- "Egypt". Bureau of Near Eastern Affairs. United States Department of State. September 30, 2008.
- "Egypt". Foreign and Commonwealth Office. UK Ministry of Foreign Affairs. August 15, 2008. Archived from the original on December 12, 2012.
- "Egypt Religions & Peoples". Encyclopedia. LookLex. September 30, 2008.
- "Egypt". Encarta. Microsoft. September 30, 2008. Archived from the original on October 31, 2009.
- "Controversy in Egypt after a prominent church figure declared the number of Copts in Egypt exceeds 12 million". Al Arabiya. November 2, 2008. Archived from the original on June 3, 2010. Retrieved November 2, 2008.
- "Pope Shenouda III declares to a TV station that the number of Copts in Egypt exceeds 12 million". October 29, 2008.
- Hoffman, Valerie J (1995), Sufism, Mystics, and Saints in Modern Egypt, University of South Carolina Press.
- Khalil, Mohammad Hassan (2013). Between Heaven and Hell: Islam, Salvation, and the Fate of Others. Oxford University Press. p. 297. ISBN 9780199945412. Retrieved June 2, 2014.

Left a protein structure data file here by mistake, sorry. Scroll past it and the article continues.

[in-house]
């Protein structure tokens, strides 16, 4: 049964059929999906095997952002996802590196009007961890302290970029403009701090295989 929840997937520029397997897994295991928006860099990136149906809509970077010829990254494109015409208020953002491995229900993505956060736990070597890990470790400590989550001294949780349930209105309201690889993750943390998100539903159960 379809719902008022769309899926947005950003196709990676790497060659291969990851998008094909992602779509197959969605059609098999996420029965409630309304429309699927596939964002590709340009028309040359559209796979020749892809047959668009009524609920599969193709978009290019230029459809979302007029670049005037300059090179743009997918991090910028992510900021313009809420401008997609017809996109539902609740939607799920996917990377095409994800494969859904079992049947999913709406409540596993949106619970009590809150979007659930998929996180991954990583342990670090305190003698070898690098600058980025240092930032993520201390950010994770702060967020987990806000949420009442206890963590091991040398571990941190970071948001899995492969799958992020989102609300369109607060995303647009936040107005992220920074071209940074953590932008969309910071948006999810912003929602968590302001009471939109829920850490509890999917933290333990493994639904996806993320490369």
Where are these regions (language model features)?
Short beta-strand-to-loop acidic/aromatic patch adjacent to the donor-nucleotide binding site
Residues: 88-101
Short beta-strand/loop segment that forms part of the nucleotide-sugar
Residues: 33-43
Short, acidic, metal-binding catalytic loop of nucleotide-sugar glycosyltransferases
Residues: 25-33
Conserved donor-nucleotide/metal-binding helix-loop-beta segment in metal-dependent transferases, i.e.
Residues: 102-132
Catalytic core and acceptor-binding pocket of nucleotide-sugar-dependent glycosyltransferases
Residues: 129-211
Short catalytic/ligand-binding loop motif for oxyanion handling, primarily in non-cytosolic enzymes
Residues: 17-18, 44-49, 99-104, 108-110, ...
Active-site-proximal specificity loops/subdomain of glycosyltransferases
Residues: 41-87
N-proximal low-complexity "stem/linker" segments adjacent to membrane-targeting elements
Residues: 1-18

- "Egypt: Attack On Shia Comes At Dangerous Time". Retrieved 2015-10-06.
- "Four Egyptian Shi'ites killed in attack by Sunni Muslims". Reuters. 2013-06-23. Retrieved 2015-10-06.
- Bengali, Shashank (2013-08-10). "Egypt's Shiite Muslims saw the Sunni hatred grow under Morsi". Los Angeles Times. ISSN 0458-3035. Archived from the original on 2015-09-22. Retrieved 2015-10-07.
- "Egypt's Sisi meets world Evangelical churches delegation". english.ahram.org.eg. Al-Ahram. Retrieved 30 November 2017.
- "Egyptian Copts reject population estimate – Politics – Egypt – Ahram Online". english.ahram.org.eg. Retrieved 2018-02-14.
- Who are the Christians in the Middle East?. Betty Jane Bailey. 2003-03-27. ISBN 9780802810205. Retrieved June 19, 2009.
- "Egypt's Jewish community diminished to 6 women after death of Lucy Saul". Egypt Independent. 2016-07-30. Retrieved 2017-03-03.
- "Egypt Chapter - 2019 Annual Report" (PDF). United States Commission on International Religious Freedom (report).